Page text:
1973 Triumph top-end rebuild…

Brand New Pistons!

MotoPreserve member and survivor of the great 2011 MP tour of the south, Scott, has made some great strides in getting his 1973 Triumph Bonneville back together. After finding out that he needed the cylinders rebored, and some help from Hugh at 6th Street Specials (Hugh seems to be SO old-school, that he doesn’t have a web site I can link to here), Scott was back on track to get this top-end buttoned up….

pistons inside the cylinders...

With all the parts and pieces in place, it was time to get the engine back together. Some people get the pistons inside the cylinders while on the bench, and then hold the jugs above the engine, and attach the pins and circlips to the rods. The new pistons and rings were already attached to the rods, so our technique would be slipping the barrels down over the pistons. After watching some videos on the technique (why does it always seem so easy online????) we commenced hemming and hawing, poking and prodding the rings to get them inside the bore. We had some borrowed tools specifically for this job, but they didn’t seem to help, and the decision was made to do it by hand. This is not easy, and it takes patience.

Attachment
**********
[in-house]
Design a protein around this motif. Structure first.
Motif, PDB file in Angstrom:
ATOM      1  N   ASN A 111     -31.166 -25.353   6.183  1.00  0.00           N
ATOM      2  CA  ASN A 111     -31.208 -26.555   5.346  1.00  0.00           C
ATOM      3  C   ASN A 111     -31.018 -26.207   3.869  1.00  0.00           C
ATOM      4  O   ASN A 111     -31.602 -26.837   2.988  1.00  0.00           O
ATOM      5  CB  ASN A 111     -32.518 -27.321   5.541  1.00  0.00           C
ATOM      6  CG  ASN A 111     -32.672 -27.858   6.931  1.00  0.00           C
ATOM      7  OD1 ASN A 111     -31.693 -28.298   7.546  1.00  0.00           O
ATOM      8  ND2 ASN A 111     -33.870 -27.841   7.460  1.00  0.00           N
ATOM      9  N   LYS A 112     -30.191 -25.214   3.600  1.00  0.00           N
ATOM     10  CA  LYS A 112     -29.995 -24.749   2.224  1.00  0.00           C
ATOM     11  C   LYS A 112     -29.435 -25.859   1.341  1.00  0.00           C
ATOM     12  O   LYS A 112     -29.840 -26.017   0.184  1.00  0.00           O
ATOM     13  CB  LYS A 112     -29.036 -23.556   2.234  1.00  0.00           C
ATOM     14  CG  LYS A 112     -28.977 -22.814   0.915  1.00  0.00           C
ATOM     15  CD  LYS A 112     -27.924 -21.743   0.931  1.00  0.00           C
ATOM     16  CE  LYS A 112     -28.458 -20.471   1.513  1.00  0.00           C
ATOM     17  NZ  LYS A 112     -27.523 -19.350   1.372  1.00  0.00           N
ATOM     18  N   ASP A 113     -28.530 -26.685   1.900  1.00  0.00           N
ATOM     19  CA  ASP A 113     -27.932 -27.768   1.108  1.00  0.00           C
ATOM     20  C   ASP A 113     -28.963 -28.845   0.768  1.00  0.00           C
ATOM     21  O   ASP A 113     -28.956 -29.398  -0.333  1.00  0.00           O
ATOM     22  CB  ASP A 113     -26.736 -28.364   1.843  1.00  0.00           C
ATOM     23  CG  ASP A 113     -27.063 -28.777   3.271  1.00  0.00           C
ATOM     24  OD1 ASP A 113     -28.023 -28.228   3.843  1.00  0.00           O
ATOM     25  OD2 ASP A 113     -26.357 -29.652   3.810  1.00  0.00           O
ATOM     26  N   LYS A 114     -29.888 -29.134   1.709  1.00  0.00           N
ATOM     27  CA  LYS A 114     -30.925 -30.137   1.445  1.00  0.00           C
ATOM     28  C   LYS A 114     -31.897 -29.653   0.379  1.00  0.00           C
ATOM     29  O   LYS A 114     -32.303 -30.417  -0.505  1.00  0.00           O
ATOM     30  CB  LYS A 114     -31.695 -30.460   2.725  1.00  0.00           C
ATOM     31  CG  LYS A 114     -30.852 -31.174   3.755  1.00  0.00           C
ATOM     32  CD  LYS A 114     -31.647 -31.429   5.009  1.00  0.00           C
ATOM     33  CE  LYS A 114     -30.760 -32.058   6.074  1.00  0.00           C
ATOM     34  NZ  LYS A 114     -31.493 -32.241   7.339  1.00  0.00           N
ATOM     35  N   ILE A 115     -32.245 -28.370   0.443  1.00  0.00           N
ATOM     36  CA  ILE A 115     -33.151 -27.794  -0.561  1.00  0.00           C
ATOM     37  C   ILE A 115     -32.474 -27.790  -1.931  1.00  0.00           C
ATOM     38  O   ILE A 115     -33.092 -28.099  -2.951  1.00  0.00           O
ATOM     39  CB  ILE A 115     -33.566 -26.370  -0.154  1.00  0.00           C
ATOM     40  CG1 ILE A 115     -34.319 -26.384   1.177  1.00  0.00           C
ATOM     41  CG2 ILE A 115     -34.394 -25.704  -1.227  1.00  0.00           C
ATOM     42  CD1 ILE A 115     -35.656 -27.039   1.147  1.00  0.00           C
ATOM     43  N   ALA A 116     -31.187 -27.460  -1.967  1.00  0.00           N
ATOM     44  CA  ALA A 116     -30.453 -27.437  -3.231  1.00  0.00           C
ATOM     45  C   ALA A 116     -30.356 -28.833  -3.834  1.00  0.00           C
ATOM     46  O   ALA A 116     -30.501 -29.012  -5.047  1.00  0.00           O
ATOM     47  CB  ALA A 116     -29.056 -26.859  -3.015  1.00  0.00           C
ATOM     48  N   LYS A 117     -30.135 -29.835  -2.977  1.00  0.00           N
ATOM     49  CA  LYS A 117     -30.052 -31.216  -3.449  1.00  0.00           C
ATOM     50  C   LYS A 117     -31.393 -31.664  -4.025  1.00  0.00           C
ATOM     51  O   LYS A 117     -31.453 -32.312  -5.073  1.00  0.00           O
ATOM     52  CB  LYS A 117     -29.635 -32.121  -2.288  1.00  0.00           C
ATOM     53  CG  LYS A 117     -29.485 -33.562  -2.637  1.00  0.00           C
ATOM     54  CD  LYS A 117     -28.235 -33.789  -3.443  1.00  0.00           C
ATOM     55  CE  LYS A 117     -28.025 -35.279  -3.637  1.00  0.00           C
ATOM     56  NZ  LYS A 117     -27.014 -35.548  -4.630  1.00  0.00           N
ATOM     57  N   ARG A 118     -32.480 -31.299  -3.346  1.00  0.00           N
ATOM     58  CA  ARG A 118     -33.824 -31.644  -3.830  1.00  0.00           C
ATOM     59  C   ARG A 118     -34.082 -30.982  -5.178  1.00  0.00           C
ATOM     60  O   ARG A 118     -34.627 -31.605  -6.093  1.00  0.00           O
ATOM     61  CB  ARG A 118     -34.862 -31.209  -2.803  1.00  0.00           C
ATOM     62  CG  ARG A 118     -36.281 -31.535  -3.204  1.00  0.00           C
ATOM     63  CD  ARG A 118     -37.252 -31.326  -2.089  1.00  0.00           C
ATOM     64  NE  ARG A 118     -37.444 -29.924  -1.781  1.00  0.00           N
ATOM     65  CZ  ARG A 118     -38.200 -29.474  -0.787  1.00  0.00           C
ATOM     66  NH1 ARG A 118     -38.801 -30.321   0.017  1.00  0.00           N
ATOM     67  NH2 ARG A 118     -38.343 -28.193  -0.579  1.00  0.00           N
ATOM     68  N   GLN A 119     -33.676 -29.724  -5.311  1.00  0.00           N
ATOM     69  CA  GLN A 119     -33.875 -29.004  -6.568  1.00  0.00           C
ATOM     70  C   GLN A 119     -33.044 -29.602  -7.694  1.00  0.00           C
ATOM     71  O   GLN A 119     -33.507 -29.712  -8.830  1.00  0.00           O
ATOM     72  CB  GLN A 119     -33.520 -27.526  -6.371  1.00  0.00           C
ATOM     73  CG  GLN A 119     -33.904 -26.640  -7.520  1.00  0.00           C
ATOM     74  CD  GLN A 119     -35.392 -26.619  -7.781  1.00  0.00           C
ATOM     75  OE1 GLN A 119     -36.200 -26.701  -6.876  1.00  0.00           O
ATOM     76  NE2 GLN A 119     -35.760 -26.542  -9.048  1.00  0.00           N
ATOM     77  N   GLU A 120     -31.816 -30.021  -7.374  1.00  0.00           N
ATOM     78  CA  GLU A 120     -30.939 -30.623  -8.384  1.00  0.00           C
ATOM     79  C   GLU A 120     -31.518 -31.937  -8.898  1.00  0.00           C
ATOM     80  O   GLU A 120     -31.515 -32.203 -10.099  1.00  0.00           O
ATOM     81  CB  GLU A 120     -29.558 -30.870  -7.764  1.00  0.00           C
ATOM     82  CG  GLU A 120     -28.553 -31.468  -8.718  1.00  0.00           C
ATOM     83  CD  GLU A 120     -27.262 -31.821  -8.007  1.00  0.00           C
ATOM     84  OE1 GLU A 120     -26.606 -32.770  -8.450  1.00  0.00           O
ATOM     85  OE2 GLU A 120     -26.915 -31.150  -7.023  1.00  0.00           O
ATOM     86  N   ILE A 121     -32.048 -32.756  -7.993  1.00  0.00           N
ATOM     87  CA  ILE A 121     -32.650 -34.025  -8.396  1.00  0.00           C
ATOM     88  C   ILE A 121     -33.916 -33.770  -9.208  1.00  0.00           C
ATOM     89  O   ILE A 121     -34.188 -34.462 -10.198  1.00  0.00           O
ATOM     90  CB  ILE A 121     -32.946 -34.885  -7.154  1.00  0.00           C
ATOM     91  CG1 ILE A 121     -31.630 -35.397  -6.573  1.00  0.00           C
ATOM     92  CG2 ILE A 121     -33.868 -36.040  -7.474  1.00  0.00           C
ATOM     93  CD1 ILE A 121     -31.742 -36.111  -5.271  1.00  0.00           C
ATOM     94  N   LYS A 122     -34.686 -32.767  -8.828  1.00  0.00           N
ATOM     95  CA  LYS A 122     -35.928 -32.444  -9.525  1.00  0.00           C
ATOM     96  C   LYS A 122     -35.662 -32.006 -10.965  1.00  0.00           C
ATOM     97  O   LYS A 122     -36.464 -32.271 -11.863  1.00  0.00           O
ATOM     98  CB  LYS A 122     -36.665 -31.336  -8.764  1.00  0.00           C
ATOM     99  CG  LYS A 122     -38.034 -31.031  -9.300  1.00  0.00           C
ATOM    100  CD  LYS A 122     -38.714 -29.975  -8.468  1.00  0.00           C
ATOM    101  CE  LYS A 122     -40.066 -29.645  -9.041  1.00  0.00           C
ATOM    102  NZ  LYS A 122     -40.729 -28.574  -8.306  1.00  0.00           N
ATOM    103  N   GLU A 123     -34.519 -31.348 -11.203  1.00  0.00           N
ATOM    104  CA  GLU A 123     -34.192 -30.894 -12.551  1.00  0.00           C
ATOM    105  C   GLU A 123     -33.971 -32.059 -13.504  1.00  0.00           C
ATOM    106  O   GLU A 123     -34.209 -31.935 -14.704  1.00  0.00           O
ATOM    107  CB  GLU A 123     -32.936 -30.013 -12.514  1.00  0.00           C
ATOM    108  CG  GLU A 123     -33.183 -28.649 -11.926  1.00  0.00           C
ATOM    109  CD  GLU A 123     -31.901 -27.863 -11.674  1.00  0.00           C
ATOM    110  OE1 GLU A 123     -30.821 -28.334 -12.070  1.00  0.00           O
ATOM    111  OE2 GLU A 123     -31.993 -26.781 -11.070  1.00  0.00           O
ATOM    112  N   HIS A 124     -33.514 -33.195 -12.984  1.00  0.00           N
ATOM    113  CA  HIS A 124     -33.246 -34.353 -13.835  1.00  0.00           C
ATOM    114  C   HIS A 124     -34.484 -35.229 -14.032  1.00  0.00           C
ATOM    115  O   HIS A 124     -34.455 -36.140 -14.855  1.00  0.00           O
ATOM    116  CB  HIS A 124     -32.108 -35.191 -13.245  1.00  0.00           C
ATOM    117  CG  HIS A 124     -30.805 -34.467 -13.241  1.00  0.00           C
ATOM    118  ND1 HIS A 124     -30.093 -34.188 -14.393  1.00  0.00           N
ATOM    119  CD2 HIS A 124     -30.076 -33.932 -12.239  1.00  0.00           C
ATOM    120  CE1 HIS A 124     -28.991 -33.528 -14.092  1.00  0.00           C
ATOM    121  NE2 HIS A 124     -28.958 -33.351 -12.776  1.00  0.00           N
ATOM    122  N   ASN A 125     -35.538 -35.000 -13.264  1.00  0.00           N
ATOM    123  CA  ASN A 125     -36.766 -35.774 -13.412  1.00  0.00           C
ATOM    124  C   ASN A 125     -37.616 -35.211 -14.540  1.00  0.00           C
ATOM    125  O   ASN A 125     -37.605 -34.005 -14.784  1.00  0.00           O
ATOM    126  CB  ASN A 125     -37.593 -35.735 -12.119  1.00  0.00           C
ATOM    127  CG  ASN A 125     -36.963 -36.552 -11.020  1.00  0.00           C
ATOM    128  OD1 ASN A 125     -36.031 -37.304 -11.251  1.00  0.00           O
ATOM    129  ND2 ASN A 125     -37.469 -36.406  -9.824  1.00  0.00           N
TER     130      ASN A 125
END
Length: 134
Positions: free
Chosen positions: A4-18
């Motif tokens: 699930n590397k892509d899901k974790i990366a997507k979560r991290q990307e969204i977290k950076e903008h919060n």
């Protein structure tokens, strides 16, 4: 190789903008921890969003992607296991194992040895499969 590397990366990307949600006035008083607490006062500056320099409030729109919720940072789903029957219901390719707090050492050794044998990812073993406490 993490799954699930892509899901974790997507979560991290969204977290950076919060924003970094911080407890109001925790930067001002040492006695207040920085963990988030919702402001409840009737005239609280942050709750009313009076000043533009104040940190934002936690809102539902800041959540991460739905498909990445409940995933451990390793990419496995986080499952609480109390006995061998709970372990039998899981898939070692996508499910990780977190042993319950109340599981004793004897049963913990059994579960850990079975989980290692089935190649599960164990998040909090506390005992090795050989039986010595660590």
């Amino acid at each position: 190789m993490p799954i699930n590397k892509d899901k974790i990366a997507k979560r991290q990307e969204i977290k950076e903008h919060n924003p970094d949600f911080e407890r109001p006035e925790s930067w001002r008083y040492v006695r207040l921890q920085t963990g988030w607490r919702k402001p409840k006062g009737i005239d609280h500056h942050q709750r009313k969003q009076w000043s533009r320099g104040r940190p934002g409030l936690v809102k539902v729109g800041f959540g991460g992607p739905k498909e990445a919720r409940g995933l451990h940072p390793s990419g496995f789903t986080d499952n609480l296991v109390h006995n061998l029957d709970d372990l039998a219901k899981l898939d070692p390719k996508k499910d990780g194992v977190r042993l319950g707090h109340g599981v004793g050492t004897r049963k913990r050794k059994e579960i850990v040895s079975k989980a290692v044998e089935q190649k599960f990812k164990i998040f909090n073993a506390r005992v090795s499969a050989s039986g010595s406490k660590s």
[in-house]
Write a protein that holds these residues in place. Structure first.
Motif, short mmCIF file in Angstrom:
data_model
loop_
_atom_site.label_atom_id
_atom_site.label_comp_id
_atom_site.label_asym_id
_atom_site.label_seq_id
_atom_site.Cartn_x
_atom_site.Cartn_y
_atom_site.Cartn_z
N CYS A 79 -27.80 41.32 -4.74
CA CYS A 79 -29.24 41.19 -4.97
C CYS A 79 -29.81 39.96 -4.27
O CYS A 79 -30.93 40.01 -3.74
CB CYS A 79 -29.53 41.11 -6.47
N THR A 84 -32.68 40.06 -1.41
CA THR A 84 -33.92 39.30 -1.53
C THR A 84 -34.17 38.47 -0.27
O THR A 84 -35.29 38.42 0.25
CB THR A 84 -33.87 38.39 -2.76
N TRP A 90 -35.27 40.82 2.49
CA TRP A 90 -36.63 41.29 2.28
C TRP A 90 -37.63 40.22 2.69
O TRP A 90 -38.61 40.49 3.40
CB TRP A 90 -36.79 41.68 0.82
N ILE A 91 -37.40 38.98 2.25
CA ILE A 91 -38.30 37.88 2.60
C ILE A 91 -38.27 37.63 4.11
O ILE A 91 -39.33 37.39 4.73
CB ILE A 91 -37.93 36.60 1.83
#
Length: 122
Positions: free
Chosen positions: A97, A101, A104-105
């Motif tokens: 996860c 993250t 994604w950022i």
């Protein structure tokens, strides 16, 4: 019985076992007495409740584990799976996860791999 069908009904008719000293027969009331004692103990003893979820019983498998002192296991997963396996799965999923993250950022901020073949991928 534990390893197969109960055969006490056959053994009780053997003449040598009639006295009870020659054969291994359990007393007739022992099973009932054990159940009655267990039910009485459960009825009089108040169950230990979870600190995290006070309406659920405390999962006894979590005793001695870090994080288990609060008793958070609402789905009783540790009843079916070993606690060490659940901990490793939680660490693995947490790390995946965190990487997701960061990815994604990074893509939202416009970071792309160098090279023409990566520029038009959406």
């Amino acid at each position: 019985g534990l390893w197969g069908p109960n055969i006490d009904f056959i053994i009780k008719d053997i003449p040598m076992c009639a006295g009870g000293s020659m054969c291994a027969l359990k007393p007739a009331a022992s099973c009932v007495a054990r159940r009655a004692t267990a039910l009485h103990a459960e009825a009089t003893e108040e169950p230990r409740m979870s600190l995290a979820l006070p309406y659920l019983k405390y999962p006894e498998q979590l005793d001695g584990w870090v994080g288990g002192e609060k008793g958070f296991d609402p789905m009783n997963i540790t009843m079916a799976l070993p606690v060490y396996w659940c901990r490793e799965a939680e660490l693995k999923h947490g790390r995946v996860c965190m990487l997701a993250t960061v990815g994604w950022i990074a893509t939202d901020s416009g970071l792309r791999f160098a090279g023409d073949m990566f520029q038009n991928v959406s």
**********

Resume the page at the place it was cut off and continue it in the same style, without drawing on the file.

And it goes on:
For those of you who have never done it: we had some luck pushing the ring from the side opposite the gap, and then holding it. With a small coin (a nickel seemed to work well) we each pushed one side of the ring near the gap, so that the gap became smaller and smaller, and eventually was closed enough to allow the barrel to slip down over it. Be sure to do one side at a time, and keep moving back and forth, so the cylinders move down together over the rings. Eventually we got the damn thing down over the last of the oil rings, and we were home free. Instantly the carcass looked like a bike again!

Scott had purchased 2 sets of engine gaskets, and they came with very different head gaskets. One was the typical paper with a small ring of metal (steel?) around the opening to the cylinders, the other, seen above, completely made of copper. The copper one looked more “official,” and that was the one he went with. Next up was to fit the head, and it went on smoothly, after helping it along with a mallet…

...almost there

Scott had replaced the valves and guides with new ones, so the top end should be about as tight as it was when new. He put the studs in, tightened it down, and will be ready for the final stages of getting this engine all buttoned up. After putting the carbs back together with some fresh o-rings and gaskets, he will be ready to fire her up, and see the fruits of his labor. This is going to be one cool looking bike…

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